Being in the industrial minority in the chemistry blogosphere, I like to point out (on occasion) those bits of research that may catch the fancy of process chemists. Naturally, I wouldn’t presume to speak for all process chemists. But it is possible to draw a few generalizations.

One desirable modification of a process is commonly called “telescoping”.  To telescope a process is to collapse a multistep process into a smaller number of steps or unit operations. The overriding production goal is to reduce the unit cost of a product in terms of $/kg produced without sacrificing purity.  There are many ways to do this. Reducing the cost of feedstocks, reducing the number of direct labor hours, increasing the concentration of reaction mixtures (space yield), reducing overhead costs, etc. 

A reaction step is fairly easy to understand- one change or transformation is one reacton step. A unit operation is a little more arcane. A unit operation includes transformations, but also encompasses handling and isolation steps. Centrifugation, filtration, distillation, decantation, precipitation/xtallization, and packaging are examples of unit operations.

Another operation that is frequently underestimated in terms of its cost is “polishing”. This a phase where the crude product is subject to purification to specifications.  Polishing can be quite expensive. Indeed, taking a 96.5 % crude product to a 99 % spec can be more troublesome and require more skill than the initial synthesis.

There are a great many examples of telescoping and other process improvments in the literature. A reasonable example of telescoping is found in a recent JOC article- Lin, Lu J. Org. Chem., 2007, 72, 9757-9760.  The authors were able to demonstrate a one-pot preparation of triarylmethanes in two steps. The first step involved the addition of an arylboronic acid to an aromatic aldehyde through the agency of a Pd(bpy)2 catalyst. To the reaction mixture was added an “unfunctionalized” electron rich aromatic species. In this case, unfunctionalized means that no special leaving groups were on the ring.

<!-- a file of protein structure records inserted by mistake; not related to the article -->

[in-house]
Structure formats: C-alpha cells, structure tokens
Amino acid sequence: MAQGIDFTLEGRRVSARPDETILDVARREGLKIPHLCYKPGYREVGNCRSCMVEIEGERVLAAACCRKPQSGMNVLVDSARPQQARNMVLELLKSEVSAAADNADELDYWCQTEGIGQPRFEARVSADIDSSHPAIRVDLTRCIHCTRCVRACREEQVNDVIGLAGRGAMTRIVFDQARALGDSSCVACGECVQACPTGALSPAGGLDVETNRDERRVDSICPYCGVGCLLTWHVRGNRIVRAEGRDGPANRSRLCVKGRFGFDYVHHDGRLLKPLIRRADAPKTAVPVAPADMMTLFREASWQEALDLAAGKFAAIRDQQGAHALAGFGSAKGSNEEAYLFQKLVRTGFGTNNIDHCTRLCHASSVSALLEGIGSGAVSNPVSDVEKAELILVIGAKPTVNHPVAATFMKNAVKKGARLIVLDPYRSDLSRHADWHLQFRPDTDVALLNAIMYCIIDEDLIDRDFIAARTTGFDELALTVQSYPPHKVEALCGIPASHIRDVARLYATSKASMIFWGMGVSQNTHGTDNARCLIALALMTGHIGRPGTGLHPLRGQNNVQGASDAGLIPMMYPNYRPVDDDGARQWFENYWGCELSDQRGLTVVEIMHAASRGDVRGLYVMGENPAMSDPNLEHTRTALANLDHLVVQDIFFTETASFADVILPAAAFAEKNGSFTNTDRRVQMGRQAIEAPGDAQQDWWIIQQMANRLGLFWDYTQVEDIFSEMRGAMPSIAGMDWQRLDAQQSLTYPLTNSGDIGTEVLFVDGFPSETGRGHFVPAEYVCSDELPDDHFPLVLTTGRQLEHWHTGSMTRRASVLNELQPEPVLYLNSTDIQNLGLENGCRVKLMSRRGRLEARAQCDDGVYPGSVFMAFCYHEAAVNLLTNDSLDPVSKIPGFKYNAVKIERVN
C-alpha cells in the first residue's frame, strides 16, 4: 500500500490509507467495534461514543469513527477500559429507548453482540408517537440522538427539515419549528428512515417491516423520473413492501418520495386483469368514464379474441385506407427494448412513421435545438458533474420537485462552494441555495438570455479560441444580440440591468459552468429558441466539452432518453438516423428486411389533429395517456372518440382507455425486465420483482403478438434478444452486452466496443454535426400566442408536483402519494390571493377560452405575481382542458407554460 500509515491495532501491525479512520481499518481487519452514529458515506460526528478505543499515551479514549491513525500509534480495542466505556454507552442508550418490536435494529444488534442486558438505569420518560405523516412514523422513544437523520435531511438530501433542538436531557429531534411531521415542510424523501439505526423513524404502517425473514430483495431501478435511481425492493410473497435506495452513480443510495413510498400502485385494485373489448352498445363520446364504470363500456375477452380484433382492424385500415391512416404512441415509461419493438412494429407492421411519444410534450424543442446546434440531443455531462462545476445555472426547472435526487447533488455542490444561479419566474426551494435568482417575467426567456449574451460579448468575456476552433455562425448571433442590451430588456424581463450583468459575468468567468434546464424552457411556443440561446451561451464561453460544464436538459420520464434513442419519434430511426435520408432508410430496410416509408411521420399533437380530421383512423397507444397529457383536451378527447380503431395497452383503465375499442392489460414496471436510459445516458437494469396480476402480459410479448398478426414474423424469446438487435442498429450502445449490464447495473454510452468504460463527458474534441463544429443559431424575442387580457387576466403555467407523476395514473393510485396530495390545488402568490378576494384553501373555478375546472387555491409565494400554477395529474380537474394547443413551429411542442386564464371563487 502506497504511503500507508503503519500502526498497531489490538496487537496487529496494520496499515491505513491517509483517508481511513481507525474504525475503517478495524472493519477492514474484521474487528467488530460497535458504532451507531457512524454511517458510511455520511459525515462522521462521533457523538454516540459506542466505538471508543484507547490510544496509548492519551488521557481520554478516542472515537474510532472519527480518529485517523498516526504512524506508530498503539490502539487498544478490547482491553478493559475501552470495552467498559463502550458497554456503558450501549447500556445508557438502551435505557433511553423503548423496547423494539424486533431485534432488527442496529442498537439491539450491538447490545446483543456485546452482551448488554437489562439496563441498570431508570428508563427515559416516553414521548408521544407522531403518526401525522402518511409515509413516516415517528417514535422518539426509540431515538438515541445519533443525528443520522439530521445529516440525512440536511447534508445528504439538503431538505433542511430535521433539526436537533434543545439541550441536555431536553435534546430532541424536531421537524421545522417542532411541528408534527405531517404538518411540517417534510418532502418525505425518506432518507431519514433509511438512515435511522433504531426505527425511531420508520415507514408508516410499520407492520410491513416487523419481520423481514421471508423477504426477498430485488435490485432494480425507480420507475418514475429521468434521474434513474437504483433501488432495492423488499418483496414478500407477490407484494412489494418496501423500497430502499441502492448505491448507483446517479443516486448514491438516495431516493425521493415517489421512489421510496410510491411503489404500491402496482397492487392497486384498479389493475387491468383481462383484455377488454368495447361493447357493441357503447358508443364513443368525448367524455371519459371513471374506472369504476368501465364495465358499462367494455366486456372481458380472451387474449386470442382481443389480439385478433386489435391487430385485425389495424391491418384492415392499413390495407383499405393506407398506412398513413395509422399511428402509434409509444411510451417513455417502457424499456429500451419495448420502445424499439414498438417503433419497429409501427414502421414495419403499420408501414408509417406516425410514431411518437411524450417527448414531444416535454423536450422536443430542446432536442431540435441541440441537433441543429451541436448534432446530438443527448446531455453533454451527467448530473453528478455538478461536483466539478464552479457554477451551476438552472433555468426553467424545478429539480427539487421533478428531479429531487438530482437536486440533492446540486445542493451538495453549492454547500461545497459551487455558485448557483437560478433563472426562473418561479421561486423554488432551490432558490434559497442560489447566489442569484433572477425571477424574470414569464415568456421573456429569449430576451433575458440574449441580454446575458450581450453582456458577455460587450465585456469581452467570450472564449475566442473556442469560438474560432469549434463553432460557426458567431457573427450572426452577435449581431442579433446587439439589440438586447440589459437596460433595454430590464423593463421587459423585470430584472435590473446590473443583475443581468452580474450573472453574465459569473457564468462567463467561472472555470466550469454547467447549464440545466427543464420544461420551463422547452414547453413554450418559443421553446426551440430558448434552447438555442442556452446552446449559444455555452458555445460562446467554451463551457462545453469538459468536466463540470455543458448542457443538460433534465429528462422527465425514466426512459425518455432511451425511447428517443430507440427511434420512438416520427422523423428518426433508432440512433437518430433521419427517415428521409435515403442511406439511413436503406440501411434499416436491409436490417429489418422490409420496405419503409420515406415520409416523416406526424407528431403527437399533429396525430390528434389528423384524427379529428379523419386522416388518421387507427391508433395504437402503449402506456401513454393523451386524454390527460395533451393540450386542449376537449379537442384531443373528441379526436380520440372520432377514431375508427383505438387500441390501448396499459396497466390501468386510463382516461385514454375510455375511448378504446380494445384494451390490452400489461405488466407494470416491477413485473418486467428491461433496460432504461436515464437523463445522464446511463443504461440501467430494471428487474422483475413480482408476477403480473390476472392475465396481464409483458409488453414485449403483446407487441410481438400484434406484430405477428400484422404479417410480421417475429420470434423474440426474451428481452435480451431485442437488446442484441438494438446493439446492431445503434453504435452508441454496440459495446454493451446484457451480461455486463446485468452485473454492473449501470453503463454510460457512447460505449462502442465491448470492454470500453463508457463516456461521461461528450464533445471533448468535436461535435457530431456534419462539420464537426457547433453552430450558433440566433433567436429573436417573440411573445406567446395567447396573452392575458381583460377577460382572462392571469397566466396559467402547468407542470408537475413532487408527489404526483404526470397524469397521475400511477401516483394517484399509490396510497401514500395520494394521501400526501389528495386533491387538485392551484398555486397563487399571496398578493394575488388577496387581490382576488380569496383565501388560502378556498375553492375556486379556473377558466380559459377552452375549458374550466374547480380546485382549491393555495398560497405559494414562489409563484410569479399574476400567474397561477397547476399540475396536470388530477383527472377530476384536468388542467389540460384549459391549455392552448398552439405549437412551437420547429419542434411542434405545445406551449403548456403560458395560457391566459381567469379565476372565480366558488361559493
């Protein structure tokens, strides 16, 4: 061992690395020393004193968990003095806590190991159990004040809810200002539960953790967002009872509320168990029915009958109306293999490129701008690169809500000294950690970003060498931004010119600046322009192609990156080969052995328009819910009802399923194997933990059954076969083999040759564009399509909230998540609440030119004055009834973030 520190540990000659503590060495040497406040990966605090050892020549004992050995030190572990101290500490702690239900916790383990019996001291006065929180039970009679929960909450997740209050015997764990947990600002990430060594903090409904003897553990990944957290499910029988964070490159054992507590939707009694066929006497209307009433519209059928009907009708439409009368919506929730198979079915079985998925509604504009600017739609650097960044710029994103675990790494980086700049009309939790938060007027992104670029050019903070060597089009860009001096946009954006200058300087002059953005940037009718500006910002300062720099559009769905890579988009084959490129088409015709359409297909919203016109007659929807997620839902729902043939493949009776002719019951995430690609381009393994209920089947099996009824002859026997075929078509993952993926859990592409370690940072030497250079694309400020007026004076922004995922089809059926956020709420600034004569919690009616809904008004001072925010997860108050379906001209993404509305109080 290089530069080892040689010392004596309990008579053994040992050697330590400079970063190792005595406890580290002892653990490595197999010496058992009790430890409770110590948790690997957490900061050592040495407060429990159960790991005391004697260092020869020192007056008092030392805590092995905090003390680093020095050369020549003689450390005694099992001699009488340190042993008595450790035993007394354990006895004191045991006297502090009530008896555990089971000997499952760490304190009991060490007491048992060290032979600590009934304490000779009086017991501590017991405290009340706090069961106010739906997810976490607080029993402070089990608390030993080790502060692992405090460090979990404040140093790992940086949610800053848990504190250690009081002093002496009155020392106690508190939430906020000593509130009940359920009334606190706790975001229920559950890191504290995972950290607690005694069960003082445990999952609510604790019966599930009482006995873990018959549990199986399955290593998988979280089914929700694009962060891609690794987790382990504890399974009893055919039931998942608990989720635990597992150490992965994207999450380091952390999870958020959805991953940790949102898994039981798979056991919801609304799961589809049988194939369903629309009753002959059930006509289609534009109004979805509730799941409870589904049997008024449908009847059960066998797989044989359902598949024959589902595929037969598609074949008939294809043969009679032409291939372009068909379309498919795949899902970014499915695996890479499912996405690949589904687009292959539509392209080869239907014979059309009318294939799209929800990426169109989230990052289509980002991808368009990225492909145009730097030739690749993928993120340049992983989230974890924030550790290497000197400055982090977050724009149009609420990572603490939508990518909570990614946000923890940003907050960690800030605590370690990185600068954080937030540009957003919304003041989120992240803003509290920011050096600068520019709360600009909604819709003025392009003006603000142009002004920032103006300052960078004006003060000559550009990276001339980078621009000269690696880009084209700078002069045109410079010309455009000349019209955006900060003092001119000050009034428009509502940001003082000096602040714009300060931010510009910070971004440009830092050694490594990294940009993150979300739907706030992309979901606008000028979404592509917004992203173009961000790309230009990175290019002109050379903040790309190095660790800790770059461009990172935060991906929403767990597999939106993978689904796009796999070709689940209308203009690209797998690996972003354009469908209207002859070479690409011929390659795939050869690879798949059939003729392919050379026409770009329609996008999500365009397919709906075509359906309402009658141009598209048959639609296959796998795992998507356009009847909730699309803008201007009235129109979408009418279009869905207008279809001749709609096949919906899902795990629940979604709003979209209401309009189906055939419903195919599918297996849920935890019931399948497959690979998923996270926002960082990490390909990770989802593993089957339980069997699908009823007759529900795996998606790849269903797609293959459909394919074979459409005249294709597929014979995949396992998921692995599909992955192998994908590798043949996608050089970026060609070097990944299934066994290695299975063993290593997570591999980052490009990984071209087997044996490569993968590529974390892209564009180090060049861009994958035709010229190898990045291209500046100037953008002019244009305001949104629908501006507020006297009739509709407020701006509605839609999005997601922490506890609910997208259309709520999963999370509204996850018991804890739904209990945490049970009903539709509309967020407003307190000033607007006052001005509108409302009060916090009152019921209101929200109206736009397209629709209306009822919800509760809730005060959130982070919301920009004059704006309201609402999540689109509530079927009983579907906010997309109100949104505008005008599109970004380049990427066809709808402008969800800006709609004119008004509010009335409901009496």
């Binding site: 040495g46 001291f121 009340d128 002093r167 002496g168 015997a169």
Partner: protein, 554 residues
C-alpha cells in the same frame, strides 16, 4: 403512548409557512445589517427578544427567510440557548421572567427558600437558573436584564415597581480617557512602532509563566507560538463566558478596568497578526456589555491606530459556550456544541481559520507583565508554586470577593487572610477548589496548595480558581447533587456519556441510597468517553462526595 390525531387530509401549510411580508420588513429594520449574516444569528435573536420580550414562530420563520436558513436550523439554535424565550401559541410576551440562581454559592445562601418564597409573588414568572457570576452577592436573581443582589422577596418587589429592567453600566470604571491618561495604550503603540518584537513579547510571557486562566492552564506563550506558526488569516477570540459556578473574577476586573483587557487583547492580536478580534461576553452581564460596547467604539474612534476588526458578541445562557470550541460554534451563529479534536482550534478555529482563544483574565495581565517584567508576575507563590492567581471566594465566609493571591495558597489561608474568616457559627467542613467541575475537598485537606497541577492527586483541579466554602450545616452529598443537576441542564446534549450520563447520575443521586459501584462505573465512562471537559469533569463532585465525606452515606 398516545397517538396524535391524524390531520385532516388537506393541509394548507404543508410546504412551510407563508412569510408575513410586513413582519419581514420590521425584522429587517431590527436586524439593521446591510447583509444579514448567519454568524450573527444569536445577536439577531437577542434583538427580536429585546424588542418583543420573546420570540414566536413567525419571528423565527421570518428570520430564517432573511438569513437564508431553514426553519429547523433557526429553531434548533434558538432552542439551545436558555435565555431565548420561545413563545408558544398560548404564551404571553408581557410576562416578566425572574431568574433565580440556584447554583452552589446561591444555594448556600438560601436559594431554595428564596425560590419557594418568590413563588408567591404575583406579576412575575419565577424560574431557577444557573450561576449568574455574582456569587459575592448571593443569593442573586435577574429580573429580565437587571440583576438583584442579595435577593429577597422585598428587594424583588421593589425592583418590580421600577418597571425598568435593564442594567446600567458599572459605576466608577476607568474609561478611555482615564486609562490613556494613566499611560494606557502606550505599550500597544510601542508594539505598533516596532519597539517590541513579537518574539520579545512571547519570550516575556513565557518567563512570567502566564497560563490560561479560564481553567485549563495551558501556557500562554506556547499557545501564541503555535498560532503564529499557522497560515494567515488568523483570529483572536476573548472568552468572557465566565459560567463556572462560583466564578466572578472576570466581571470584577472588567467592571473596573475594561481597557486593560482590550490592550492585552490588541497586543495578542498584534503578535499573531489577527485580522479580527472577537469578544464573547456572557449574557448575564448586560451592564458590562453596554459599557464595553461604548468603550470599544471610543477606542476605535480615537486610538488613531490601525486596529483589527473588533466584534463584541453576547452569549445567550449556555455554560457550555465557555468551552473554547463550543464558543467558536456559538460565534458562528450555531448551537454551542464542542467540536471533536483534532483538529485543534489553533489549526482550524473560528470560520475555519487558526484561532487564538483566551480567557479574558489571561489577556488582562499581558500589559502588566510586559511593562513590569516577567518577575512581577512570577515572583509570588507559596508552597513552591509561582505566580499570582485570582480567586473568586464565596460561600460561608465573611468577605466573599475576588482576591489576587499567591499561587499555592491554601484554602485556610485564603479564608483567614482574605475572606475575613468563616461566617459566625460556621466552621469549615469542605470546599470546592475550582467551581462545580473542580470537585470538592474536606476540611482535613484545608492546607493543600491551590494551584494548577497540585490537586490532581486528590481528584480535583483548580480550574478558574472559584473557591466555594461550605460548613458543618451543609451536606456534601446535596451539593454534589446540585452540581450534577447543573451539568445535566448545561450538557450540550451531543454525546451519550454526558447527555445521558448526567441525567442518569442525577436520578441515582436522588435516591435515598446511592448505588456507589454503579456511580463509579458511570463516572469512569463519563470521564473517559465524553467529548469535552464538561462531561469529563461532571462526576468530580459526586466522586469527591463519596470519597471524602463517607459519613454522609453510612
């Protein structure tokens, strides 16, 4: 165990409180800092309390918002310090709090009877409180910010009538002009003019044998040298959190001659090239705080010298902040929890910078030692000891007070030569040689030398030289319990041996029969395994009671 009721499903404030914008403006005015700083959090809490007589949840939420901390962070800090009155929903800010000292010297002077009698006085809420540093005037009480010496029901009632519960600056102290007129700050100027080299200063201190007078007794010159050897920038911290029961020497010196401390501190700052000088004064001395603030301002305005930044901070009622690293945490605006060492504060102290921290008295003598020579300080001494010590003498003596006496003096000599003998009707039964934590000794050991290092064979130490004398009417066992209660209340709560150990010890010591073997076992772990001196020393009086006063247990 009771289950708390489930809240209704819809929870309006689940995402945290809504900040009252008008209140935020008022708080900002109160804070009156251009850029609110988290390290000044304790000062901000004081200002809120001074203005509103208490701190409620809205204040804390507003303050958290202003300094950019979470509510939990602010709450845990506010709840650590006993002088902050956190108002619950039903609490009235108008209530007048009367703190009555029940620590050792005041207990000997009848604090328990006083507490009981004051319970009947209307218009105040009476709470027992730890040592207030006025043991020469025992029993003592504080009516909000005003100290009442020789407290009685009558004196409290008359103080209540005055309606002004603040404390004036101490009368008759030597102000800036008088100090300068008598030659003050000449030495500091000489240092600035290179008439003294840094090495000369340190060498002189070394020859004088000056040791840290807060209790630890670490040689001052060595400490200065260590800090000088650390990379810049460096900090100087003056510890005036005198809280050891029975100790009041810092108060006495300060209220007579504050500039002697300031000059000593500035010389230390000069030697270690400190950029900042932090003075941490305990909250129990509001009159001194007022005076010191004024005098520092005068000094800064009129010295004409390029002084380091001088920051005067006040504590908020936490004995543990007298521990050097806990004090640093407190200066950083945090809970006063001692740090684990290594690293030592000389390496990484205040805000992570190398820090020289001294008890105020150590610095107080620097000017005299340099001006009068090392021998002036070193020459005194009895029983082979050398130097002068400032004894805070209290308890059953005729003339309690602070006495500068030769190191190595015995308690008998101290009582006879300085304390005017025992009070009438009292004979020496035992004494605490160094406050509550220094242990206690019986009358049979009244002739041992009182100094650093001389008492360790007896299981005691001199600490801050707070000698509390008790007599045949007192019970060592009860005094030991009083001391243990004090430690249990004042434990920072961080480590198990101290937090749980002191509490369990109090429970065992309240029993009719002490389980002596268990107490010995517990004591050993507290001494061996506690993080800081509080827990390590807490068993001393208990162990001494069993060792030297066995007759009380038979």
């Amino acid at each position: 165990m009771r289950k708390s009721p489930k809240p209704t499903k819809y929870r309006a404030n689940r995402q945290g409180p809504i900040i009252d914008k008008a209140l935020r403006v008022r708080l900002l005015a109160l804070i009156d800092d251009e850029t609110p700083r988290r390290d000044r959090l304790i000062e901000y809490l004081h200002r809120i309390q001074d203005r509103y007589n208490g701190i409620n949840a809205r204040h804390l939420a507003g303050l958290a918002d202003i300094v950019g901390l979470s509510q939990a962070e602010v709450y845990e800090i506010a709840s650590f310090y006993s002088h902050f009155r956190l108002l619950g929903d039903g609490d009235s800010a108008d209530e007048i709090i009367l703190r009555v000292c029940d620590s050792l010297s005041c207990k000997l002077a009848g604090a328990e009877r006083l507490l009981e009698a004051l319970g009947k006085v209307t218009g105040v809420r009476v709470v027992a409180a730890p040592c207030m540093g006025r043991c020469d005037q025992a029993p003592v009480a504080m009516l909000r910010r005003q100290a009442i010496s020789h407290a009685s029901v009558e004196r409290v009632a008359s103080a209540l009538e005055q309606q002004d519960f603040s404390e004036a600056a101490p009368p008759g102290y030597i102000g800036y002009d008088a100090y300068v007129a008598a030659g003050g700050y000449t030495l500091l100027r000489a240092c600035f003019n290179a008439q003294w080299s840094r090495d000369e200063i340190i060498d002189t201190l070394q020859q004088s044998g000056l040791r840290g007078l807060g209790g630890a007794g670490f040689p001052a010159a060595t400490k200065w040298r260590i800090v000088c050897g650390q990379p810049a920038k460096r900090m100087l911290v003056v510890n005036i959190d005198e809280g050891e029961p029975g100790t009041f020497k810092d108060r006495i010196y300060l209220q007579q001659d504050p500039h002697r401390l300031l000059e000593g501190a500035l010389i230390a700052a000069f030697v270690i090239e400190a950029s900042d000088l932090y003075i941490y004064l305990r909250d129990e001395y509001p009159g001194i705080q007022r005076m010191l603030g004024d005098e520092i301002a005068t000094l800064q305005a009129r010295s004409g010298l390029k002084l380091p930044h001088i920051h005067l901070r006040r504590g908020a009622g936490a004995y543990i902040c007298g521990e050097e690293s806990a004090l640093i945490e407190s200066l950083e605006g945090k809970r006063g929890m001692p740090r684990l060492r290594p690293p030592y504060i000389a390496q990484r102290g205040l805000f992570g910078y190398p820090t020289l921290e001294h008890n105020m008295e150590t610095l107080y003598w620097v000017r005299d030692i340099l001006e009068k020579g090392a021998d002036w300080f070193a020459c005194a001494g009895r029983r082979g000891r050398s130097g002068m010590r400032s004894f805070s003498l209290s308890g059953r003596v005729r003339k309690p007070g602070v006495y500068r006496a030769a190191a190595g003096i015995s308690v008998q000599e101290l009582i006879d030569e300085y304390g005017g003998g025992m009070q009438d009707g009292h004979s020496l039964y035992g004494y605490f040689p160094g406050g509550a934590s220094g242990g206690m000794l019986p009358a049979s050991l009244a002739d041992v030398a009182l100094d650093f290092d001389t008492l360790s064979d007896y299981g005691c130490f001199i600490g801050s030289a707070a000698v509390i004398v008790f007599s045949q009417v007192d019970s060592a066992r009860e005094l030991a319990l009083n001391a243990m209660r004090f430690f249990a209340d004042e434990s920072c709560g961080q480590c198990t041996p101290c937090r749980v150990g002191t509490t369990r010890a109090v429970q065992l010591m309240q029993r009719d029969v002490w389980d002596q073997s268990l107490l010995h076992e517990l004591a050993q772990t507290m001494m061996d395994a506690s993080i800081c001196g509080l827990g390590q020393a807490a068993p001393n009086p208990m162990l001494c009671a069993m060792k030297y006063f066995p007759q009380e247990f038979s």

The added aromatic underwent a Friedel-Crafts type alkylation with the intermediate diarylcarbinol to give the triarylmethane product in 57 % to 99 % overall yield.  The authors made a contribution to the store of knowledge in reaction chemistry. But they also had the presence of mind to improve the efficiency of the process as well.

There are some negatives. I don’t think anybody is automatically keen on running large scale reactions in nitromethane. Its explosability should give anyone pause when contemplating a scale-up. And, the third arene needs to be substantially electron rich. The addition of 1,4-dimethoxybenzene drops the yield to 57 %.

 

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